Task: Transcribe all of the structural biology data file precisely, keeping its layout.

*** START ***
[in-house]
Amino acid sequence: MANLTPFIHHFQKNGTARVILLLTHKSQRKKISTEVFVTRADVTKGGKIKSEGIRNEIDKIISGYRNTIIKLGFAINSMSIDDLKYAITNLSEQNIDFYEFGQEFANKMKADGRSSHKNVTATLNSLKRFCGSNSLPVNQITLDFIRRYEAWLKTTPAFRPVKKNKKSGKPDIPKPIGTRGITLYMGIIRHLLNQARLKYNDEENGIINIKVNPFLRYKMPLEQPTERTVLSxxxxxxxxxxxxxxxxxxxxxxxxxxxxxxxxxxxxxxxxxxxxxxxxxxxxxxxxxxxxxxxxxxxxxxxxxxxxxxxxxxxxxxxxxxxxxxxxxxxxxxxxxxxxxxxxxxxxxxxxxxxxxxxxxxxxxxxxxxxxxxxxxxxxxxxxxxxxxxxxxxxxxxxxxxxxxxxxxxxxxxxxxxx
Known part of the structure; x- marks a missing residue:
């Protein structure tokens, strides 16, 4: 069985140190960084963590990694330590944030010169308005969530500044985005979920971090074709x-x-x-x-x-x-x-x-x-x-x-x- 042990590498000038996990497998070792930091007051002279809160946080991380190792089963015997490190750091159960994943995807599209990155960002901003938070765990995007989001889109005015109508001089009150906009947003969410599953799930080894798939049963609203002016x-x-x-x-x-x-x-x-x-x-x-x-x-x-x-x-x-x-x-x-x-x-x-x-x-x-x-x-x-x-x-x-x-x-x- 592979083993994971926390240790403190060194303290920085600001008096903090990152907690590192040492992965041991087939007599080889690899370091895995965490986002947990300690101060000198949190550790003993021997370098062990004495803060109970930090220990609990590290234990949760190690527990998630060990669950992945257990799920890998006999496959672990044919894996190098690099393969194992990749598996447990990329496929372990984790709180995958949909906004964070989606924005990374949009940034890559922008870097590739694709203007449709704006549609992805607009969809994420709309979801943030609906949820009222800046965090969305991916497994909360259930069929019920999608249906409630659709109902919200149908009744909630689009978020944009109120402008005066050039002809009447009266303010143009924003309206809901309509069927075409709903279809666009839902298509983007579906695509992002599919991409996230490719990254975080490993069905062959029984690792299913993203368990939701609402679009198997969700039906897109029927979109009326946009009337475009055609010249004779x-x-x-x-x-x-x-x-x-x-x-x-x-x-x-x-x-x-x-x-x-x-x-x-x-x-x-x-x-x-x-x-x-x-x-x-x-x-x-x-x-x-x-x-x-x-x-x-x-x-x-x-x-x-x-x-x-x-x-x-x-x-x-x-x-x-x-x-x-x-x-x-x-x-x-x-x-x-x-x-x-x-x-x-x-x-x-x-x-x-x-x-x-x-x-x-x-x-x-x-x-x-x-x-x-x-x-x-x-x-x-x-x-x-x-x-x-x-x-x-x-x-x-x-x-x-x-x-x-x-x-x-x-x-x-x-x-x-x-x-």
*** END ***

[in-house]
Amino acid sequence: MANLTPFIHHFQKNGTARVILLLTHKSQRKKISTEVFVTRADVTKGGKIKSEGIRNEIDKIISGYRNTIIKLGFAINSMSIDDLKYAITNLSEQNIDFYEFGQEFANKMKADGRSSHKNVTATLNSLKRFCGSNSLPVNQITLDFIRRYEAWLKTTPAFRPVKKNKKSGKPDIPKPIGTRGITLYMGIIRHLLNQARLKYNDEENGIINIKVNPFLRYKMPLEQPTERTVLSxxxxxxxxxxxxxxxxxxxxxxxxxxxxxxxxxxxxxxxxxxxxxxxxxxxxxxxxxxxxxxxxxxxxxxxxxxxxxxxxxxxxxxxxxxxxxxxxxxxxxxxxxxxxxxxxxxxxxxxxxxxxxxxxxxxxxxxxxxxxxxxxxxxxxxxxxxxxxxxxxxxxxxxxxxxxxxxxxxxxxxxxxxx
Known part of the structure; x- marks a missing residue:
């Protein structure tokens, strides 16, 4: 069985140190960084963590990694330590944030010169308005969530500044985005979920971090074709x-x-x-x-x-x-x-x-x-x-x-x- 042990590498000038996990497998070792930091007051002279809160946080991380190792089963015997490190750091159960994943995807599209990155960002901003938070765990995007989001889109005015109508001089009150906009947003969410599953799930080894798939049963609203002016x-x-x-x-x-x-x-x-x-x-x-x-x-x-x-x-x-x-x-x-x-x-x-x-x-x-x-x-x-x-x-x-x-x-x- 592979083993994971926390240790403190060194303290920085600001008096903090990152907690590192040492992965041991087939007599080889690899370091895995965490986002947990300690101060000198949190550790003993021997370098062990004495803060109970930090220990609990590290234990949760190690527990998630060990669950992945257990799920890998006999496959672990044919894996190098690099393969194992990749598996447990990329496929372990984790709180995958949909906004964070989606924005990374949009940034890559922008870097590739694709203007449709704006549609992805607009969809994420709309979801943030609906949820009222800046965090969305991916497994909360259930069929019920999608249906409630659709109902919200149908009744909630689009978020944009109120402008005066050039002809009447009266303010143009924003309206809901309509069927075409709903279809666009839902298509983007579906695509992002599919991409996230490719990254975080490993069905062959029984690792299913993203368990939701609402679009198997969700039906897109029927979109009326946009009337475009055609010249004779x-x-x-x-x-x-x-x-x-x-x-x-x-x-x-x-x-x-x-x-x-x-x-x-x-x-x-x-x-x-x-x-x-x-x-x-x-x-x-x-x-x-x-x-x-x-x-x-x-x-x-x-x-x-x-x-x-x-x-x-x-x-x-x-x-x-x-x-x-x-x-x-x-x-x-x-x-x-x-x-x-x-x-x-x-x-x-x-x-x-x-x-x-x-x-x-x-x-x-x-x-x-x-x-x-x-x-x-x-x-x-x-x-x-x-x-x-x-x-x-x-x-x-x-x-x-x-x-x-x-x-x-x-x-x-x-x-x-x-x-």